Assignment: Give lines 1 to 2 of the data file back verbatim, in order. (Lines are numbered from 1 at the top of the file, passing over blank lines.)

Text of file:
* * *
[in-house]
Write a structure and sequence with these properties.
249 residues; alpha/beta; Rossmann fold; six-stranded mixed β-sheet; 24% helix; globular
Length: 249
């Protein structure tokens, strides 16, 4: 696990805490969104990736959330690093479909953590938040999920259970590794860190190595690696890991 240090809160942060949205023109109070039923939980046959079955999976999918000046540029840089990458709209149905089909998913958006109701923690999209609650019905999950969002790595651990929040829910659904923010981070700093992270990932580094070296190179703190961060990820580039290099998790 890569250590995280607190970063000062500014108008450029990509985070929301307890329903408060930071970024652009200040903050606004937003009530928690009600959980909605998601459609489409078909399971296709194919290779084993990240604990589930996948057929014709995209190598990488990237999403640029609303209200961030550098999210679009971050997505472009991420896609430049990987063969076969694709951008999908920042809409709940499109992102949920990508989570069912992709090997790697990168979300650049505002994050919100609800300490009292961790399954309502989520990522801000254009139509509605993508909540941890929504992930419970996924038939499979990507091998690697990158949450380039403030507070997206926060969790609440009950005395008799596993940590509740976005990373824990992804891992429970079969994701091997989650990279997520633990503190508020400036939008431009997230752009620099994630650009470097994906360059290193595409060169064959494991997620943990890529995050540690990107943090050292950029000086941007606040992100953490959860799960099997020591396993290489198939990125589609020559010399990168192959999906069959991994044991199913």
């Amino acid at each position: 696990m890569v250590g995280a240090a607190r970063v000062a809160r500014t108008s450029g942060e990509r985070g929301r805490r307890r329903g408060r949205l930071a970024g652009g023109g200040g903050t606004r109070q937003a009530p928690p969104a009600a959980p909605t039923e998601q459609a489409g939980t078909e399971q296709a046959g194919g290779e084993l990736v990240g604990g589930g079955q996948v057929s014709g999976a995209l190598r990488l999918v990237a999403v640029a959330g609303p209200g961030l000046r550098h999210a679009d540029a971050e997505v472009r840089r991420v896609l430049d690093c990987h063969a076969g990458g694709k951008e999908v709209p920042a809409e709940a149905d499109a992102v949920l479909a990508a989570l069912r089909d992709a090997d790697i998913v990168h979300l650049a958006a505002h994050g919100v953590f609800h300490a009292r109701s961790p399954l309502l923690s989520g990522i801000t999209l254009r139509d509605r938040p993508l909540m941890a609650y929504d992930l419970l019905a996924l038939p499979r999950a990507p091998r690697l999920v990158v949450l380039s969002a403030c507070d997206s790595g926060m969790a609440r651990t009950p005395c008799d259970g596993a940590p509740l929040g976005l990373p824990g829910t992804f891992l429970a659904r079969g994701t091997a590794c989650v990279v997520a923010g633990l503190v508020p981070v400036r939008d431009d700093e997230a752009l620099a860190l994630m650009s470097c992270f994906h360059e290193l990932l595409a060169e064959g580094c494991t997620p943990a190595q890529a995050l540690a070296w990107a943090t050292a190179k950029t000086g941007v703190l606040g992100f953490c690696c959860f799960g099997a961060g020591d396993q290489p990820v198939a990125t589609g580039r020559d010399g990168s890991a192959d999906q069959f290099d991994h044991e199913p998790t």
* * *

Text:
[in-house]
Write a structure and sequence with these properties.